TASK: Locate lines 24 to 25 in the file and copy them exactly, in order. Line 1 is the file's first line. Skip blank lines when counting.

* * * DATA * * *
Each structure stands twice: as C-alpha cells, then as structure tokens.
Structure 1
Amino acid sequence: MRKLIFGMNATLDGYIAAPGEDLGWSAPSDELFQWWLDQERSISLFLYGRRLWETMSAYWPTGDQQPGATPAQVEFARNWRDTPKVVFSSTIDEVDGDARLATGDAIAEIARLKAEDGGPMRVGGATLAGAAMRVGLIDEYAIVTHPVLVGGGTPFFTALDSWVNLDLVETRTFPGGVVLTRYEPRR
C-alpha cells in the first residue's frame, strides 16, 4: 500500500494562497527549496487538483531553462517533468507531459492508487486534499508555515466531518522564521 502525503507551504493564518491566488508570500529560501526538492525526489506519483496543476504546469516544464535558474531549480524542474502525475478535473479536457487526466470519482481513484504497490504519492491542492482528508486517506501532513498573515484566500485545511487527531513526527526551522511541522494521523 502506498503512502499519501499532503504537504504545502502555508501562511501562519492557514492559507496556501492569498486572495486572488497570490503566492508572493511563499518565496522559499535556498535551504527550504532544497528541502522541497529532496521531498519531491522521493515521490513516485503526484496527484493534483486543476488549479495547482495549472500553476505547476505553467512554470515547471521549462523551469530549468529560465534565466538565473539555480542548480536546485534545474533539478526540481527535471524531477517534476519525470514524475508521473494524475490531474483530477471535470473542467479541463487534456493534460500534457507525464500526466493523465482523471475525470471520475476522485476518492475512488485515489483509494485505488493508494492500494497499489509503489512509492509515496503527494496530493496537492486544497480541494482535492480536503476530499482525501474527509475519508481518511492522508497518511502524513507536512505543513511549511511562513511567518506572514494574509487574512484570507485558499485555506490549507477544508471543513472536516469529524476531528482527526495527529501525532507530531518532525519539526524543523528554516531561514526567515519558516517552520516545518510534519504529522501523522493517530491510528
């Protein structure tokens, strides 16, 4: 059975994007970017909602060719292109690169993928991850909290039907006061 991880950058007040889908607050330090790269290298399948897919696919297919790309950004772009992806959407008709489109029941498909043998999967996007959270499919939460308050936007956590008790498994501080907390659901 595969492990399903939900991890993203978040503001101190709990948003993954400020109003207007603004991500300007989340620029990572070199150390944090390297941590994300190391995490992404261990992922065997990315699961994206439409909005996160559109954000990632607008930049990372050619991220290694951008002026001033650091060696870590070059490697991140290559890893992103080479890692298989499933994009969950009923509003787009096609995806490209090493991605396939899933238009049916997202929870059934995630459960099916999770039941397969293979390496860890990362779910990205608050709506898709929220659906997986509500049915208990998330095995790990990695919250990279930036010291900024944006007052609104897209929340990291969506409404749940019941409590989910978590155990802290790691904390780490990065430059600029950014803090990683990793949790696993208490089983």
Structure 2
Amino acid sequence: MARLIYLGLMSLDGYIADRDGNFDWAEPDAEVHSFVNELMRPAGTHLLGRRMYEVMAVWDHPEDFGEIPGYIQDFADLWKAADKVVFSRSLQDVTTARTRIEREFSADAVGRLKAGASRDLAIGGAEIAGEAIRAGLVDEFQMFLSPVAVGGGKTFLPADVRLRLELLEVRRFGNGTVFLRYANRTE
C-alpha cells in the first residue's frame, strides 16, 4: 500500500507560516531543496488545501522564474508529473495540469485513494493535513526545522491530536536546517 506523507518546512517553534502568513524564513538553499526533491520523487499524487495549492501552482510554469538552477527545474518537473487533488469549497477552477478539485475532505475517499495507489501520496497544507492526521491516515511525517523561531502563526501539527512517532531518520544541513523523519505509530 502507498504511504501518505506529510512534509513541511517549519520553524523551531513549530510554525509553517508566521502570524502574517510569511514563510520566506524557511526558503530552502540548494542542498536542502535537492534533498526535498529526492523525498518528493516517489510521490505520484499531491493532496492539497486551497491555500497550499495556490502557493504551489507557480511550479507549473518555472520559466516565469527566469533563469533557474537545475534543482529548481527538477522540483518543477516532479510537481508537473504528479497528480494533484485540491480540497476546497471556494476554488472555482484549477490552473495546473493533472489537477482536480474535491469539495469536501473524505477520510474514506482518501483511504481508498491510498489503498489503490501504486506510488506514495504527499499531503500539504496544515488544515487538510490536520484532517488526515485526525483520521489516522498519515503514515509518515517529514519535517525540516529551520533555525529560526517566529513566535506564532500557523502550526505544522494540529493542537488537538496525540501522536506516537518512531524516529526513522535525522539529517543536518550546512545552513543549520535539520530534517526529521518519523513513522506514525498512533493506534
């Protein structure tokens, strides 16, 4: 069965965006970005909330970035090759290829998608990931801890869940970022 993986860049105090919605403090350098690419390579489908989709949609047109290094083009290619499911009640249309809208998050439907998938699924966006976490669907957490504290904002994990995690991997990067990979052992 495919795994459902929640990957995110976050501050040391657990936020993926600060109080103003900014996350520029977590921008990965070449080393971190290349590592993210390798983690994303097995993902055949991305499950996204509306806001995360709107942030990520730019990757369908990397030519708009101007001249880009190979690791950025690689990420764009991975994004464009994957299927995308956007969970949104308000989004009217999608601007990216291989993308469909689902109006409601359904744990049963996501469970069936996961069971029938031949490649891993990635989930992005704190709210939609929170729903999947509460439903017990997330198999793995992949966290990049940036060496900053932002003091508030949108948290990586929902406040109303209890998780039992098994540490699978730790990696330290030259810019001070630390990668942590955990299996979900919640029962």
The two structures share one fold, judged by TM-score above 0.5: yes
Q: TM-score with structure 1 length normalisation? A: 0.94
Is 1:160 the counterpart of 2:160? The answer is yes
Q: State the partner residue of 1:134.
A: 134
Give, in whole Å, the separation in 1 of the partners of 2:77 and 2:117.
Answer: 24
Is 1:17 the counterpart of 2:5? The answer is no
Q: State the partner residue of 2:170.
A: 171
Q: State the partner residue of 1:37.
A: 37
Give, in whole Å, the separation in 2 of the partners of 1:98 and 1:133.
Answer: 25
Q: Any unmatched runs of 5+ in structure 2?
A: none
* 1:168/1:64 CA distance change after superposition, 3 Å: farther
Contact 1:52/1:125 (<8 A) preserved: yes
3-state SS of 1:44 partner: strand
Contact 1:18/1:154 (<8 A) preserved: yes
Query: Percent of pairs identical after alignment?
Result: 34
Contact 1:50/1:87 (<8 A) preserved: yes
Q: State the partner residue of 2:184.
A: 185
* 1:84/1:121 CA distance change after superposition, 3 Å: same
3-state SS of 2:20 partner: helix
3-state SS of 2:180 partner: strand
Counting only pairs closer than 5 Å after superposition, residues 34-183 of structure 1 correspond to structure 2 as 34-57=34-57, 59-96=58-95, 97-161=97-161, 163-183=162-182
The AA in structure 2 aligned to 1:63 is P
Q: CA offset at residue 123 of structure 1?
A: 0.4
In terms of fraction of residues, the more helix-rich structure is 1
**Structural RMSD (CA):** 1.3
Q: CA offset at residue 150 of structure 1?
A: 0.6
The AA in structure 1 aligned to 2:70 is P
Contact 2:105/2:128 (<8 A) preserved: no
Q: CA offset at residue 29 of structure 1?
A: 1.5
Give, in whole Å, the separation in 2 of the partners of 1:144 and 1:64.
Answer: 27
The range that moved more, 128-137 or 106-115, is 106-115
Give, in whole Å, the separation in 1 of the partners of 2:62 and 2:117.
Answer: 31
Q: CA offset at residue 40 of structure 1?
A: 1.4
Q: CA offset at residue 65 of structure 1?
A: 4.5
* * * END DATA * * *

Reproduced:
Q: Any unmatched runs of 5+ in structure 2?
A: none